Silk, too, is another cloth that critics claim could not have been known to Book of Mormon people. But again, these people came from the Old World where this fabric was probably something with which they were familiar. It’s also possible that their “silk” might have been something different than what we regard as silk. “True” silk, known from China since nearly 3000 B.C., is produced from the mulberry silkworm (caterpillar), the larval form of the Bombyx mori moth. It is native to the Old World and apparently not present in the New World. However, a number of different kinds of moths have larvae capable of making cocoons from which silk can then be produced. Many of these are native to the Americas. It is also possible that the “silk” mentioned in the Book of Mormon is another material entirely. Many materials can be considered “silk like.” John L. Sorenson discussed this issue, and stated that fiber from the Ceiba (Kapok) tree of Mesoamerica can be woven into a silk-like material. He also reported that fine fur from the belly of rabbits can also be woven into a cloth which Spanish Conquistadors considered equal in finish and texture to silk. It should, therefore, not cause concern that silk was a fabric used by both Jaredites (Ether 10:24) and Nephites (Alma 4:6). In fact with the mention of “silks” in each of these scriptures, there is a possibility there was more than one type involved.   

Tuesday, March 8, 2011

Iron, Steel and Glass in the Book of Mormon

In my first blog relating to criticisms leveled against the Book of Mormon by Smithsonian archaeologists and others, it was indicated that a number of items mentioned in this Book were not in America before     being brought in by Columbus and those that followed him. The Smithsonian statement regarding this was, "Iron, steel, and glass were not used in the New World before 1492 (except for occasional use of unsmelted meteoric iron)."

The above statement was in response to the fact that items made of these materials are mentioned in the Book of Mormon. It has long been accepted, though, that these materials were possessed and had been used by Egyptians and a few other Old World cultures for several thousands of years. Since there was close contact between the Egyptians and the neighboring peoples of the Palestine region for much of this time, it stands to reason that there would have been interactions which included the trading of goods and technologies. Nephi’s bow of steel is something to which many object. But he was in the Old World when this bow was made. It was while Lehi and his party were near the Red Sea when Nephi’s bow of “fine steel” was broken.  

Philistine steel sword from near Jerusalem > 600 B.C.

Iron and steel are of course mentioned a few times when Book of Mormon peoples were in the New World.

Iron, from which steel is produced, is the fourth most abundant element in the earth’s crust. Its ores are present in every continent. Therefore, its mention in the Book of Mormon should not be a surprise. The ability to make steel from iron has been known since very ancient times, and in different cultures. A low grade of steel can be produced from molten iron by mixing it with the coals of a fire. After all, steel is the result of combining iron and carbon. It no doubt was independently discovered by accident in ancient cultures. With time refinements would have produced higher grades of steel. Some items of steel, including ones with a surprising degree of hardness on the Rockwell scale, date to at least 1000 B.C. Others of equally ancient date are known from Egypt. The fact that items of iron and steel have not been discovered in America during Book of Mormon times should not be taken as evidence they didn’t exist then. If Mesoamerica were the land of Book of Mormon peoples, the warm, humid conditions there would have long since destroyed any iron and steel. Even in the Middle East, with its very arid conditions, discoveries of ancient iron and steel artifacts are extremely rare. There is certainly no good reason for not believing that the Jaredites, Nephites and Lamanites did in fact possess iron and steel.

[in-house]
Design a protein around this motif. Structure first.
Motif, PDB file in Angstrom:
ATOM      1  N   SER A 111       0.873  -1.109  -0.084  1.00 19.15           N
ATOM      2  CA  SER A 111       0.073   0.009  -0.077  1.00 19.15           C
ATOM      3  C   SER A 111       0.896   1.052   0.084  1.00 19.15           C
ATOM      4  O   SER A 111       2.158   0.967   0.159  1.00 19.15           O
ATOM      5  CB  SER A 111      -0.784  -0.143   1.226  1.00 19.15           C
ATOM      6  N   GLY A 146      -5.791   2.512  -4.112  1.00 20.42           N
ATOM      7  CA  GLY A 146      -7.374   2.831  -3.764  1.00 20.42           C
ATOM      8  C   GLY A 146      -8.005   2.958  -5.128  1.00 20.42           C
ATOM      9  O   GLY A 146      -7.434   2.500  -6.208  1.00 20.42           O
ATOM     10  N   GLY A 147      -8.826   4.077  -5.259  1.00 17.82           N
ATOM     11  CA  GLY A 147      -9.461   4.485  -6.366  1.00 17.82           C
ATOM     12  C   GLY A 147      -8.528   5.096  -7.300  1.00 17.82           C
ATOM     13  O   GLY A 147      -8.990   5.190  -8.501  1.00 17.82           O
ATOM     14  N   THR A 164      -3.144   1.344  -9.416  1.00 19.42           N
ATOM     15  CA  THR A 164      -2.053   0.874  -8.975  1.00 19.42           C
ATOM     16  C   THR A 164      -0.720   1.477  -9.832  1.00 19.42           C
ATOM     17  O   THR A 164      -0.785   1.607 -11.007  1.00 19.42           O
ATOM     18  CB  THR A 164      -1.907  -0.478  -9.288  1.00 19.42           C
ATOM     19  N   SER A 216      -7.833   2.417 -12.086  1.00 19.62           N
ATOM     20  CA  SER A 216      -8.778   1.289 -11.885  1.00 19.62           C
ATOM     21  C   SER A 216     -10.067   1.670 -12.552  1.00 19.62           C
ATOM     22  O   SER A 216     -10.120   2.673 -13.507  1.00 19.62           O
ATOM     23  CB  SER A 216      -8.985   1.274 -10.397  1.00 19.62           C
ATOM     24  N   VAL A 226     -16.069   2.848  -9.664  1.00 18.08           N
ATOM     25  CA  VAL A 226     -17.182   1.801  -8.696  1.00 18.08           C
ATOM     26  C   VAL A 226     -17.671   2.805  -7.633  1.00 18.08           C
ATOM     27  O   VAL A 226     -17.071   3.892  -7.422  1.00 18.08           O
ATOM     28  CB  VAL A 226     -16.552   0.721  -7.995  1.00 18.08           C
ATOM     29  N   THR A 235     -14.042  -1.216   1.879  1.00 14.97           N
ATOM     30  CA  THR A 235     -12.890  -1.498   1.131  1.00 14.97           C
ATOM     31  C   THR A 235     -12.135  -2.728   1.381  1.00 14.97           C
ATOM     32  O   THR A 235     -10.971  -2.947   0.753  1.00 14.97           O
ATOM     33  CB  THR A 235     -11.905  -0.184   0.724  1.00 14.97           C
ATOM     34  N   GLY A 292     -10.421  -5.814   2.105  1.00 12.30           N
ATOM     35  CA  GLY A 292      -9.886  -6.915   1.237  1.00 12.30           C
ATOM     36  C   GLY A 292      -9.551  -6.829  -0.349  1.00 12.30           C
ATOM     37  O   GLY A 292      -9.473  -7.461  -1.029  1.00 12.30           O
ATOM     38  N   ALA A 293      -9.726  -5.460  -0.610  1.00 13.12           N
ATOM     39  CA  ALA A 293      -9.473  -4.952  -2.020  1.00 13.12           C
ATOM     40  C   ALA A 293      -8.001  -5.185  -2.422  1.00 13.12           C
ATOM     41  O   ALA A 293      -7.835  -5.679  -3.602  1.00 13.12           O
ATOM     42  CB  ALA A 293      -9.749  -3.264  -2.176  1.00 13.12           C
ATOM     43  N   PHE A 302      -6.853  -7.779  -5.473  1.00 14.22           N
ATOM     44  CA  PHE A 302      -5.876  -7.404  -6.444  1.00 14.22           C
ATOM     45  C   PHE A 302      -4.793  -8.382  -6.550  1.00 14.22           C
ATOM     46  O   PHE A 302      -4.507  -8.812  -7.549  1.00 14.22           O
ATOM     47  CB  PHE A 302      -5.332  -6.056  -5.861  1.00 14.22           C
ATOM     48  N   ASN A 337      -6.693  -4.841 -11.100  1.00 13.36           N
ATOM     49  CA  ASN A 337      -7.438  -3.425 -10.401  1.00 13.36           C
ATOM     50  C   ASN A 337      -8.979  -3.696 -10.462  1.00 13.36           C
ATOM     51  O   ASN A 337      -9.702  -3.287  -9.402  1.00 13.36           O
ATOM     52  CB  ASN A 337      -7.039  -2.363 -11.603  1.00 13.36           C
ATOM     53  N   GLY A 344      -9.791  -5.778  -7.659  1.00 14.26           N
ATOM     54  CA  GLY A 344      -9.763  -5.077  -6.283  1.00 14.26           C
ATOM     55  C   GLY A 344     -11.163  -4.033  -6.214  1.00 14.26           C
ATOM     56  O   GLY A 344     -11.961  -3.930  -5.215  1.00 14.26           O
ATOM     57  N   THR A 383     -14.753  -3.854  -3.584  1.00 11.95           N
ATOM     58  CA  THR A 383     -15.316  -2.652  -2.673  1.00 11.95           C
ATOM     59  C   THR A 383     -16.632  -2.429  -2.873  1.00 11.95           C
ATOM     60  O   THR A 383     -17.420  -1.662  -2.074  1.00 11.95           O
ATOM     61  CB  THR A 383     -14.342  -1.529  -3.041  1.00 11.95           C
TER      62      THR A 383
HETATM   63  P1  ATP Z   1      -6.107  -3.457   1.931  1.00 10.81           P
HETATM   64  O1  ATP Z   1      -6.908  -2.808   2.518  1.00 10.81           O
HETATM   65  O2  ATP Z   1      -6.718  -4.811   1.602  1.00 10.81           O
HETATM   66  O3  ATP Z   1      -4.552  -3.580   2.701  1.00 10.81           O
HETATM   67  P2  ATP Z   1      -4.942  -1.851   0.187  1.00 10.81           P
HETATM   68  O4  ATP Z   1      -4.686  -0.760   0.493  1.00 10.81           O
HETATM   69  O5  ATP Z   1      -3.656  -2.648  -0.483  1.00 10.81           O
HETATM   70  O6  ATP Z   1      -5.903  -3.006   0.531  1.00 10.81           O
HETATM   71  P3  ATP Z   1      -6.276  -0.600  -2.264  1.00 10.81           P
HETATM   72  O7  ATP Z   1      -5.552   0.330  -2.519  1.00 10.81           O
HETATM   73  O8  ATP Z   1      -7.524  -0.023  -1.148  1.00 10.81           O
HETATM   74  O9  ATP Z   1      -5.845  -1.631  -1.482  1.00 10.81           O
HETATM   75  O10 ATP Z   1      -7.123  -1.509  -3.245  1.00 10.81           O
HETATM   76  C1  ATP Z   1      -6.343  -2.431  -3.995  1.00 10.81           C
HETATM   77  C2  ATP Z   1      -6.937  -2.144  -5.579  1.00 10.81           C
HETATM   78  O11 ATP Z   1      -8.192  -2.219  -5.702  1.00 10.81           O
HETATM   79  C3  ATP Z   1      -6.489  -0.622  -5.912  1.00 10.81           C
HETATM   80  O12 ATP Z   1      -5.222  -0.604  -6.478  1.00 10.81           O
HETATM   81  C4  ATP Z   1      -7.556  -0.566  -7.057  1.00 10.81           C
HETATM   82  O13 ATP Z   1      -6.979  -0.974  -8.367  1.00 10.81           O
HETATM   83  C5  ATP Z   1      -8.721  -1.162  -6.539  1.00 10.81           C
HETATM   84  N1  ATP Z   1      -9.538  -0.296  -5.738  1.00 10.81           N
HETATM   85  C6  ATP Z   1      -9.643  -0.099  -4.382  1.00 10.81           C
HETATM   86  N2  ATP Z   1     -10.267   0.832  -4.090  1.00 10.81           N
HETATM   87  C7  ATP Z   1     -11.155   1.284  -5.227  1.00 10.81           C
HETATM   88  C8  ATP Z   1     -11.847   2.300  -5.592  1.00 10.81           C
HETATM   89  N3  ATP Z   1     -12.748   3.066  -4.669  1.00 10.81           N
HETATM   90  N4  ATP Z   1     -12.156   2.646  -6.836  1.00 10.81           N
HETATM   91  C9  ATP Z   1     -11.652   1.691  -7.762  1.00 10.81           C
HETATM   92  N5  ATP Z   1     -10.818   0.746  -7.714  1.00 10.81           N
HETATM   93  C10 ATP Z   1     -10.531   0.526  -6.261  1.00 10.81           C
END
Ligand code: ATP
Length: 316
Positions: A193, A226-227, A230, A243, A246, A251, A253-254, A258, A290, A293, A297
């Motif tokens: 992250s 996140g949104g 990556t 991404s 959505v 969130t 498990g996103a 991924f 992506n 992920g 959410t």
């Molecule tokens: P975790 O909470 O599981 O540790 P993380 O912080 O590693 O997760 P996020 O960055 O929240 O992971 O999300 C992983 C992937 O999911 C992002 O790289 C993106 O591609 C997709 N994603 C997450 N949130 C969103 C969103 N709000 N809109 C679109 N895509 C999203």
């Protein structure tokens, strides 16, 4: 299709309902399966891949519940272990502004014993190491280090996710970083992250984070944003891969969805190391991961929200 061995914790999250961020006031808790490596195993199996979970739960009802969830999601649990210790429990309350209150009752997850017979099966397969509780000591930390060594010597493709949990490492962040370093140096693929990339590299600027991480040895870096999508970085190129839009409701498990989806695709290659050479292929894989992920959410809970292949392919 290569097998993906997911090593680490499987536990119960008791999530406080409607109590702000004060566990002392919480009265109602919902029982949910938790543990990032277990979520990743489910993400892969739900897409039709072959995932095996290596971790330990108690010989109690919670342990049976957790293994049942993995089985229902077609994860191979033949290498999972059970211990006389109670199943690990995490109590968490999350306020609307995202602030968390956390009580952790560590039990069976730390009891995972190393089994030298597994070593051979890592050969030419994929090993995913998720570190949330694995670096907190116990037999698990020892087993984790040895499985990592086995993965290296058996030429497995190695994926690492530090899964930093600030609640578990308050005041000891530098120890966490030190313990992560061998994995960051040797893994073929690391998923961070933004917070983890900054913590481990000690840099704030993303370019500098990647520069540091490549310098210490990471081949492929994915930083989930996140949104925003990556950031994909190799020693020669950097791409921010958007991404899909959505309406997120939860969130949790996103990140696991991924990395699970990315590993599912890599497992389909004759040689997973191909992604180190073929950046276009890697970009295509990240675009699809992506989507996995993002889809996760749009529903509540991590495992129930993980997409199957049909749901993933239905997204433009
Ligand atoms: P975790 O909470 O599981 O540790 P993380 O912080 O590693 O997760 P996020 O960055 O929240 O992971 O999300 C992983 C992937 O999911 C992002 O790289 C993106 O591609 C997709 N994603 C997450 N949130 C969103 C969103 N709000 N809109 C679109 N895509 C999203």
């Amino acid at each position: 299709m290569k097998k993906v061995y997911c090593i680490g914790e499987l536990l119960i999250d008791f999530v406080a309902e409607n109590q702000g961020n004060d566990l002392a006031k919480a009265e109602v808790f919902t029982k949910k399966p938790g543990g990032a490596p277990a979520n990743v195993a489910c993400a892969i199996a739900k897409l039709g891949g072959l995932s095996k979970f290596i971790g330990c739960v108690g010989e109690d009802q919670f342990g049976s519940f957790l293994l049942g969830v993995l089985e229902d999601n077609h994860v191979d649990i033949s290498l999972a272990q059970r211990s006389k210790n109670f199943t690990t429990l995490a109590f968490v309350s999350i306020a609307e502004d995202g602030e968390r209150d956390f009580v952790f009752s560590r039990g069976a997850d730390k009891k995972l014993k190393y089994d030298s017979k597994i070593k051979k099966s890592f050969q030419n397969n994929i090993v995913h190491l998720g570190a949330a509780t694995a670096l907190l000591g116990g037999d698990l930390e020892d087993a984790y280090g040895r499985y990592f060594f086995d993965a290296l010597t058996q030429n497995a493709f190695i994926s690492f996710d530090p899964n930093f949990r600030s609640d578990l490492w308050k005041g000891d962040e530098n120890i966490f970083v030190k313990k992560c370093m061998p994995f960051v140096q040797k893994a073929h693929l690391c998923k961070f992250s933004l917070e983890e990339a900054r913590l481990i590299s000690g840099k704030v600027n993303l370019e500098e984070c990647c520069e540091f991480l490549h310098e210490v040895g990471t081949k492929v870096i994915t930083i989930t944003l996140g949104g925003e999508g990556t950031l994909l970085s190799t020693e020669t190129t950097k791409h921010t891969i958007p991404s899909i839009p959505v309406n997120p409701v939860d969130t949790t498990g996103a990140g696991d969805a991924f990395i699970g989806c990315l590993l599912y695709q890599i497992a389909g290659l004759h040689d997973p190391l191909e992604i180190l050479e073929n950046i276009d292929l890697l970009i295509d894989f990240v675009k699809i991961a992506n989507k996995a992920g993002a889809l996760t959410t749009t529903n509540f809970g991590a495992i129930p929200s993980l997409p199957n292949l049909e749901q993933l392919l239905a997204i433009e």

Egyptian glass beads c. 3100 B.C.

The objection to the mention of glass in the Book of Mormon is in fact a bogus one. In the very few instances where glass is cited, it relates to items in the Old World. Concerning the Jaredites, it is stated in Ether 3:1 that the brother of Jared, “…did molten out of a rock sixteen small stones; and they were white and clear, even as transparent glass.” Actually these stones were not turned into glass (as we understand glass), but just had a glassy texture. Also in the Book of Ether, when the Jaredites were preparing vessels to cross the ocean, the Lord said, “For behold, ye cannot have windows, for they will be dashed to pieces …” (2:23). The assumption could be made that glass is inferred here. But other materials, such as isinglass, a clear, transparent 
 variety of the mineral mica, have also been used as windows. Even so, this event took place in the Old World.The only other reference to glass is found in 2nd Nephi where Isaiah is quoted. “The glasses and fine linen, and the hoods, and the vails.” (Isaiah 3:23; 2nd Nephi 13:23). So nowhere in the Book of Mormon is it indicated that the people produced glass. Nonetheless, there is no reason they could not have done so. 

It is known that the Egyptian people had the ability to manufacture glass since at least 3000 B.C. With close contact between Egypt and neighboring Palestine, peoples in what is now Israel would certainly have known about glass and how to produce it. This technology could have been brought to the New World well before the time of Columbus.